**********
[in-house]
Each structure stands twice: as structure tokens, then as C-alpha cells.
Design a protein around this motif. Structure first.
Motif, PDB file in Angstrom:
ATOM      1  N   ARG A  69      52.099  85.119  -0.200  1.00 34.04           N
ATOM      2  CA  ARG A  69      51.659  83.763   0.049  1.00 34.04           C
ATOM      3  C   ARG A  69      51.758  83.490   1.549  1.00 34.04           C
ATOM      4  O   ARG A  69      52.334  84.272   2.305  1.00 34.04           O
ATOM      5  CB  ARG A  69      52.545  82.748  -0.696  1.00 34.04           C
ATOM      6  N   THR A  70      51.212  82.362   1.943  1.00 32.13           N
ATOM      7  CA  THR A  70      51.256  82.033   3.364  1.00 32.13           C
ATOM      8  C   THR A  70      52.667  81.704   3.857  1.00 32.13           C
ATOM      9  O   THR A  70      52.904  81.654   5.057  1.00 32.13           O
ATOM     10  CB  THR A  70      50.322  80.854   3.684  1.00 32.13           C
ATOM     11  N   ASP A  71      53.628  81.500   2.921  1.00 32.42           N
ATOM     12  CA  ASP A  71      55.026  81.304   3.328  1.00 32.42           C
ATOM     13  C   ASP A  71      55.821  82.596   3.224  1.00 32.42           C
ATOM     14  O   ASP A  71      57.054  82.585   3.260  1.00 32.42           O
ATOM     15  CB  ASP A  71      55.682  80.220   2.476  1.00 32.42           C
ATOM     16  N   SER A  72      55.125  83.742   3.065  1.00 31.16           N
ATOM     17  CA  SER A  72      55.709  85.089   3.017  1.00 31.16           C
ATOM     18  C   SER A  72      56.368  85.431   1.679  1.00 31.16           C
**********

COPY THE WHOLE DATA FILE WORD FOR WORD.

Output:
[in-house]
Each structure stands twice: as structure tokens, then as C-alpha cells.
Design a protein around this motif. Structure first.
Motif, PDB file in Angstrom:
ATOM      1  N   ARG A  69      52.099  85.119  -0.200  1.00 34.04           N
ATOM      2  CA  ARG A  69      51.659  83.763   0.049  1.00 34.04           C
ATOM      3  C   ARG A  69      51.758  83.490   1.549  1.00 34.04           C
ATOM      4  O   ARG A  69      52.334  84.272   2.305  1.00 34.04           O
ATOM      5  CB  ARG A  69      52.545  82.748  -0.696  1.00 34.04           C
ATOM      6  N   THR A  70      51.212  82.362   1.943  1.00 32.13           N
ATOM      7  CA  THR A  70      51.256  82.033   3.364  1.00 32.13           C
ATOM      8  C   THR A  70      52.667  81.704   3.857  1.00 32.13           C
ATOM      9  O   THR A  70      52.904  81.654   5.057  1.00 32.13           O
ATOM     10  CB  THR A  70      50.322  80.854   3.684  1.00 32.13           C
ATOM     11  N   ASP A  71      53.628  81.500   2.921  1.00 32.42           N
ATOM     12  CA  ASP A  71      55.026  81.304   3.328  1.00 32.42           C
ATOM     13  C   ASP A  71      55.821  82.596   3.224  1.00 32.42           C
ATOM     14  O   ASP A  71      57.054  82.585   3.260  1.00 32.42           O
ATOM     15  CB  ASP A  71      55.682  80.220   2.476  1.00 32.42           C
ATOM     16  N   SER A  72      55.125  83.742   3.065  1.00 31.16           N
ATOM     17  CA  SER A  72      55.709  85.089   3.017  1.00 31.16           C
ATOM     18  C   SER A  72      56.368  85.431   1.679  1.00 31.16           C